The Forgotten City Review
Alongside video games one of my other loves is classical studies. My partner (who is a classics teacher—no joke) and I have often discussed how great it would be to have a modern Roman RPG that’s set in an authentic world with character choices and options, as players live and soak in the daily life, morality, and mentality of an Ancient Roman. Lo and behold, The Forgotten City cropped up, and we began to hype it in our house. A lot.
But did it live up to the hype? Put plainly, yes. It did. The Forgotten City is a compact marvel, a game that rewards the player with twists, mysteries and colourful characters in every direction. Really, one of my only complaints is that, as a reviewer, it is incredibly hard to say anything about it without spoiling the absolute wonder that comes with the game’s surprising twists.
After choosing a gender and name, you’ve been pulled out of a river by a helpful young lady. She tells you to go into the ruins behind you, prompting you to look for a man named Al. It’s an innocuous start to what soon becomes a time-travelling tale steeped in intrigue, betrayal, and surprisingly dark mentalities.
Full of character
On your travels through the city you will not be short of interesting folk to speak to—either idly chatting about their stories or questioning them carefully to solve the mysteries before you. With the solving of each mystery comes ten more, your journey sprawling out in front of you with every conversation. Characters have their own motives and timelines for performing actions, leaving you to intercept or allow things to take their course.
This is where the game’s key conceit comes in. The Forgotten City is housed in the ridge of a cave, trapped under rock and filled with gleaming golden figures. The citizens all abide by the ‘Golden Rule’ which states that all must suffer for the sins of the one. If one citizen sins, each and every one will be turned to gold for eternity. There is one small caveat to this… one which will see your character repeating and exploiting the same event until they get it right.
To prevent certain calamity from taking place, it has thus become your unofficial job to figure out both the secrets behind this curse and who is most likely to sin. Each character has several interactions and stories, and you must use your wits and timing to delay or prevent disaster. But The Forgotten City is not just another puzzle game with stilted and linear solutions. Instead, you can talk to anyone, go anywhere, finish or ignore quests at your discretion, with these narrative threads leading toward one of the game’s many endings.
It’s this game’s fluidity that proves to be its key strength. I was so charmed by the detail put into the characters and the narrative—their adherence to social norms of the time and the ability to philosophise with newly made friends—but even more so by my ability to make impactful choices and solve mysteries in a uniquely organic way. The Forgotten City has some of the most intelligent and complex writing I’ve seen in a game for a very long time.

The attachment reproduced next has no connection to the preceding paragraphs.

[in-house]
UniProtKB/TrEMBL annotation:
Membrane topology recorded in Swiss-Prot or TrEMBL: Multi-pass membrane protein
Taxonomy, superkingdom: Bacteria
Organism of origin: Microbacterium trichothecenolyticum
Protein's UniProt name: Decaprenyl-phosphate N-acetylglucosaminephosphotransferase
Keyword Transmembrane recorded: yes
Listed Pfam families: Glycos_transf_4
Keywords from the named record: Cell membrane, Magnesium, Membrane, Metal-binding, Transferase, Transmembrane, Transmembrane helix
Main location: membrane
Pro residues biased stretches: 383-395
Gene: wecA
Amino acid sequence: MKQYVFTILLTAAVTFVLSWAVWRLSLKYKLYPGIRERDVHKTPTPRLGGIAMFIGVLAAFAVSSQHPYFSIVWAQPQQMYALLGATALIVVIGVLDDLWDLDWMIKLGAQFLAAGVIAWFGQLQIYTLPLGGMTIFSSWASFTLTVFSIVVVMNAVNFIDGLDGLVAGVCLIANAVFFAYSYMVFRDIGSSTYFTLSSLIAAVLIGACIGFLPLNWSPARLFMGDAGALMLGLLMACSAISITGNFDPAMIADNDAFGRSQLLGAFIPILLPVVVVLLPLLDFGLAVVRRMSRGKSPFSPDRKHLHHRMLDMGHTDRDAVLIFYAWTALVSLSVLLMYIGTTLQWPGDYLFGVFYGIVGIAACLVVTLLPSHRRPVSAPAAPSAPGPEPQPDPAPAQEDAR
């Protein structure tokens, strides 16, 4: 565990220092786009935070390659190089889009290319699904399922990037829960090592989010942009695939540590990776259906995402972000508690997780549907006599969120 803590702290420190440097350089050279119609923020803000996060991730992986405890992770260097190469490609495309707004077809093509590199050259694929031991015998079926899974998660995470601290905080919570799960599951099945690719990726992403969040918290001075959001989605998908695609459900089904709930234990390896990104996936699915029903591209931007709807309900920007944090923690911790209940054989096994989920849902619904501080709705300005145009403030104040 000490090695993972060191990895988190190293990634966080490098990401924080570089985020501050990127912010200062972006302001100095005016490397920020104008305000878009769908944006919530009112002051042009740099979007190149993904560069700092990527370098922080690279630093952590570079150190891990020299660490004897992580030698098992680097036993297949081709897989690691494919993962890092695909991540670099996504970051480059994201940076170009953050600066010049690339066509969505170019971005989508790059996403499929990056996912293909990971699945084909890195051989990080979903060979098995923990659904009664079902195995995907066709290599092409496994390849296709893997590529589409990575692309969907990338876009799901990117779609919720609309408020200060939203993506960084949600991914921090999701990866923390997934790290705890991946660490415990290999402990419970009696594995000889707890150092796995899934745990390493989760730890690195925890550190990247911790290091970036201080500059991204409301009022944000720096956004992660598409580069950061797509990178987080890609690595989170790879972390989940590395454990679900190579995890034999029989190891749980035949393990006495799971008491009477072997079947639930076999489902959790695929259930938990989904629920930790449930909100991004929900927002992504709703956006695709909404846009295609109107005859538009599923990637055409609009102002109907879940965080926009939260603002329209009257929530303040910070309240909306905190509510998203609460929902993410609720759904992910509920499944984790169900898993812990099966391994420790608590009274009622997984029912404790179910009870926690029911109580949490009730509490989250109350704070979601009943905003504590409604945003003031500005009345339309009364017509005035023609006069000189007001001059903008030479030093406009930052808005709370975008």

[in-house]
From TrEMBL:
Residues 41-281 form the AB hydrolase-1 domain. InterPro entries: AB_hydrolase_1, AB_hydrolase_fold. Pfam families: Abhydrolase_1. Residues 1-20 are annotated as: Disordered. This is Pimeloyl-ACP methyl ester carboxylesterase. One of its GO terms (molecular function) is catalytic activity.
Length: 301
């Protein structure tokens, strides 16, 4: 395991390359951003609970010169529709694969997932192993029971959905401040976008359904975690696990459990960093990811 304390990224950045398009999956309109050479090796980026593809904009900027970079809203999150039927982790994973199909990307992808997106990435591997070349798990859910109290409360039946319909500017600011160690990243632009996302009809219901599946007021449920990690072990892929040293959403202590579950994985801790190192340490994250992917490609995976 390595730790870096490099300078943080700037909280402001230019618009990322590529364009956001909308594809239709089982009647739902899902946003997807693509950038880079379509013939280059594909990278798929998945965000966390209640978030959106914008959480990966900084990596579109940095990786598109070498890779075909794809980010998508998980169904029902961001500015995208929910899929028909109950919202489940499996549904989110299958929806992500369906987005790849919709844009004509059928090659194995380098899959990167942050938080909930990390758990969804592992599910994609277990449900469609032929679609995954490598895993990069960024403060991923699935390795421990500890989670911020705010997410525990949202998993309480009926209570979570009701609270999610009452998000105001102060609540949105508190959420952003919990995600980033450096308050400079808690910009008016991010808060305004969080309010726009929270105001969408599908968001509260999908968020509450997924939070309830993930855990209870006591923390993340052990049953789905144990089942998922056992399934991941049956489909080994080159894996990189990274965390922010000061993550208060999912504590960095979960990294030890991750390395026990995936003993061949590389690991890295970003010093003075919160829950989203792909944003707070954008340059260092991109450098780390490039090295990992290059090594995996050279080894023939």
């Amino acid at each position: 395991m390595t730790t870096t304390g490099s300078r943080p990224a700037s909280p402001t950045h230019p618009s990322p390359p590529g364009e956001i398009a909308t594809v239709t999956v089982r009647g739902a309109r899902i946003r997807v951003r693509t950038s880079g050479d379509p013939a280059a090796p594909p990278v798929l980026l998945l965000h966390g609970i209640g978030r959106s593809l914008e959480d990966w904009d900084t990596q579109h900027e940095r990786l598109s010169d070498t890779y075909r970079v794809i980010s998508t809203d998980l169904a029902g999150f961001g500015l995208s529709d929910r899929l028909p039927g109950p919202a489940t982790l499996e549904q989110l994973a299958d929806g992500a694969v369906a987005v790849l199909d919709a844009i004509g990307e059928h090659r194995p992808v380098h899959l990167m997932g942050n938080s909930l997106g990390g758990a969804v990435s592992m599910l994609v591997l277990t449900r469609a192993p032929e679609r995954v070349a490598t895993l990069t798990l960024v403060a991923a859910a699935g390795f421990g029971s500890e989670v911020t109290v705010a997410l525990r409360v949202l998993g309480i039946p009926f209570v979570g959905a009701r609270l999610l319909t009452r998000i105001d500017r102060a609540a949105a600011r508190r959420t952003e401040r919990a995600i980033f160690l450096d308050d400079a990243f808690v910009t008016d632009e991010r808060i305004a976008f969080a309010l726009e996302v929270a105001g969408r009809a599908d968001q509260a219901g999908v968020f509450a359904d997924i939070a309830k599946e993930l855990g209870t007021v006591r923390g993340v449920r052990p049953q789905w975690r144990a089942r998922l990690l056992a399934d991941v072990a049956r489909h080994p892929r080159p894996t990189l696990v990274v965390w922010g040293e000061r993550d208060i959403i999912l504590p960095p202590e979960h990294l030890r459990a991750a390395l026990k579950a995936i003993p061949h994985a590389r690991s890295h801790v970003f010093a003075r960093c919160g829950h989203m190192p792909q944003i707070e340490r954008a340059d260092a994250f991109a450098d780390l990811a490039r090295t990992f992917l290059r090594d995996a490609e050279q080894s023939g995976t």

What was especially pleasing to video game and classics enthusiasts is the level of accuracy and detail given to the city itself and its inhabitants. Walking around, there were so many details that prompted gasps of delight: mosaics I’ve seen in person, educational details about life in Ancient Rome, board games and shops and architecture that was so informed and refreshing. So much of Ancient Roman history in pop culture is gladiators and war and fighting, that it was so much fun to explore a regular city full of average citizens, who went about their lives, working or shopping or cooking. It was tempting to just set up camp and stay for as long as possible in this gorgeously detailed world.
Once you begin to put the pieces of the mystery together it becomes even more rewarding. This is a clever story with a multi-faceted puzzle. Not only do you need to discover the genesis of the Golden Rule, but also the hidden pasts of the people around you. But even then, there is so much left to explore and discover, from charming details to deeply disturbing acts being perpetrated by residents. There is a sense of tension, a race against time, and the feeling that you almost had it… three important aspects that give The Forgotten City an impeccable sense of pacing.
Although character models can be a bit repetitive and everyone looks startled all the time, the voice acting is stellar—which makes what a character is telling you so much more believable, and the sleuthing so much more immersive. Visually this is not a bad game by any means, as the painstaking details and warmth lend the game all sorts of qualities not found elsewhere. There is admittedly the occasional graphical glitch, but the discovery of each mosaic or amphora, the clothing touches and the sound of water all make it worthwhile.
Yet the blend of genres may not be for everyone. There is combat, puzzle solving, roleplay, historical education, strategy, and more—all in different amounts depending on your play style. One key feature involves repeating the same event over and over, which may result in players getting frustrated with their progress being reset, but other than that it is hard to fault.
It must be pretty obvious by now that I love this game. I love the effort that went into it and the expansive scope of its contents. I love how easy the gameplay is to grasp and how complex its plot becomes. I love the surprises and mysteries, and how each character is so full of soul. History buffs will have hours of spotting little details and accuracies, and fans of a good old-fashioned mystery will be kept up all night by the perplexing curse that has befallen this town.